Sieve the flour, baking powder and chilli powder into a bowl. Make a well in the centre, add the eggs, gradually add in the water, mix to make a smooth batter. Stir in the thinly sliced onions and chives. Season well with salt and freshly ground pepper.
Just before serving heat the oil to 170°C/325°F approx. Fry dessertspoons of the batter for 5 minutes approx. on each side until crisp and golden, drain on kitchen paper. Serve hot or cold with the tomato and chilli sauce.
Madhur Jaffrey’s Carrot Halva – Gajar ka halva
1lb (450g) carrots
1 ¼ pints (700ml) milk
8 whole cardamom pods
5 tablespoons vegetable oil or ghee
5 tablespoons castor sugar
1 – 2 tablespoons sultanas
1 tablespoons shelled unsalted pistachios, lightly crushed
10 fl oz (275ml) clotted or double cream, optional
Peel the carrots and grate them either by hand or in a food processor. Put the grated carrots, milk and cardamom pods in a heavy bottomed pot and bring to a boil. Turn heat to meadium and cook, stirring now and then, until there is no liquid left. Adjust the heat, if you need to. The boiling down of the milk will take you at least half an hour or longer, depending upon the width of your pot.
Heat the oil in a non-stick frying pan over a medium low flame. When hot, put in the carrot mixture. Stir and fry until the carrots no longer have a rich reddish colour. This can take 10 – 15 minutes.
Add the sugar, sultanas, and pistachios. Stir and fry another 2 minutes.
This halva may be served warm or at room temperature. Serve the cream on the side, for those who want it.
Kheer Marwadi – Indian Rice Pudding
Rosewater varies in strength so be careful to add gradually and taste. This dessert can be made ahead and may be served warm or cold.
50g (2 ozs) Basmati rice, soaked for an hour and drained
1.5 litres (2 1/2 pints) milk
3 tablespoons whole almonds, peeled and ground to a paste
2 tablespoons water
100g (3 1/2ozs) sugar
50g (2ozs) fresh coconut, grated
25g (1oz) raisins
50g (2ozs) pistachio nuts, cut into slivers
50g (2ozs) blanched almonds, cut in to slivers
1/2 teaspoon ground green cardamom seeds
2 teaspoons Kewra essence (screw pine essence which keeps indefinitely) or use Rosewater instead but be careful – add 1/2 teaspoon first and then taste.
Heat the ghee in a pan. Add the soaked rice, stir for 2 or 3 minutes then add the milk and cook over a low heat for an hour until the rice absorbs the milk and the pudding thickens.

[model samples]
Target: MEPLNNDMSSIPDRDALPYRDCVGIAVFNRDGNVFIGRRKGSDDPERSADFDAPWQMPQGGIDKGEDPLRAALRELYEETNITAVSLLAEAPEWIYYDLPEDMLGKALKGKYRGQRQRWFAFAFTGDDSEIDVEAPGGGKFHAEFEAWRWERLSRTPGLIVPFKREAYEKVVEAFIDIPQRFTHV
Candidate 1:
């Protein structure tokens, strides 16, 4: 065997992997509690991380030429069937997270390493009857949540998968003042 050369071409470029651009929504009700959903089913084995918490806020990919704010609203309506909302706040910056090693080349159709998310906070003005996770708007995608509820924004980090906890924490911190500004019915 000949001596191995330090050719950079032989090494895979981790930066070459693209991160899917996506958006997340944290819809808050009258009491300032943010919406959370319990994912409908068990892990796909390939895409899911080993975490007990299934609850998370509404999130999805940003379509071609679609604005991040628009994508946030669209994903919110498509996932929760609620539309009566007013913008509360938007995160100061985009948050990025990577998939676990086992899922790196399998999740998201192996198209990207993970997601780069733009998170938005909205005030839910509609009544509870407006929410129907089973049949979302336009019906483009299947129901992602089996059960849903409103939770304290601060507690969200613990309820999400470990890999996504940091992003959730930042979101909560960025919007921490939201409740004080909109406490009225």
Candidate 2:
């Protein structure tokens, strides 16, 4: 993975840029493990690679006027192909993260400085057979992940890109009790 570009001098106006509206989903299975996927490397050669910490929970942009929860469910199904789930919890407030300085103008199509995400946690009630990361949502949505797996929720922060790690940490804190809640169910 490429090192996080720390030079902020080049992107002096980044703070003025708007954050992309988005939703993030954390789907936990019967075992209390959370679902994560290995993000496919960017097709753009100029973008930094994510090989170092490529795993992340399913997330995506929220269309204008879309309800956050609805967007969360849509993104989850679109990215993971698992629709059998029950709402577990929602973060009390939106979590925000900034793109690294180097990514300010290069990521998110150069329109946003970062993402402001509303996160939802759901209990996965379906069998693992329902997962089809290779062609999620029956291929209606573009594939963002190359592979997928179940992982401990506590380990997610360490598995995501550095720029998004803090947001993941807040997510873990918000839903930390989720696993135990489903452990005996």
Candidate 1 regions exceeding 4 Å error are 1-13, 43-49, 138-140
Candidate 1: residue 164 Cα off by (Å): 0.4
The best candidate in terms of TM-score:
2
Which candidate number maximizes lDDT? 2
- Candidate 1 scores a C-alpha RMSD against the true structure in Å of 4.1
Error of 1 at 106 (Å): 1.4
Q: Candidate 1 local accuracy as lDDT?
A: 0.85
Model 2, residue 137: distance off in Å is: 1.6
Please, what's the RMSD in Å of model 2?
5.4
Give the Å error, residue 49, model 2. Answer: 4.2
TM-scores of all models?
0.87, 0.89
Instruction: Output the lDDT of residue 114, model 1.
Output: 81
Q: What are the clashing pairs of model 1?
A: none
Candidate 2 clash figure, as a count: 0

Stir in the almond paste, sugar, coconut, raisins, pistachios and almond slivers. Cook for a final couple of minutes until the sugar is dissolved. Remove from the heat and stir in the ground cardamom and kewra or rosewater. Cool and chill.
Serve in individual dishes.
Indian Baked Yoghurt
This is often cooked and served in unglazed earthenware bowls which are broken and returned to the land later. A few drops of vanilla extract may also be added.
400g (14oz) thick natural yoghurt,
400ml (14fl oz) cream
400ml (14fl oz) condensed milk,
8 x 225ml (8fl oz) dishes
Preheat the oven to 160°C/320°F/Gas Mark 3
Whisk all the ingredients together, strain if necessary. Divide the mixture evenly between the bowls. Arrange in a bain-marie. Bake in the preheated oven for 10-12 minutes or until the top seems firm to the touch. Cool, cover, refrigerate and serve chilled with a compote of fruit or fresh berries.
Date for the Diary
West Waterford Festival of Food Dungarvan – Thursday 10th to Sunday 13th April 2014.
Galway Food Festival – 17th – 21st April – Easter Weekend. http://www.galwayfoodfestival.com/
The Business of Food with Blathnaid Bergin – The vital information needed to set up a viable, enjoyable Food Service Business on this intensive 10 day course from 9.00am-5.00pm, Monday 31st to Friday 11th April at the Ballymaloe Cookery School. The course format will be workshop, discussion, case studies, practical sessions and presentations. Up to 25% funding may be available for this course for Irish Residents. If you would like to avail of this funding, see www.cookingisfun.ie for further details.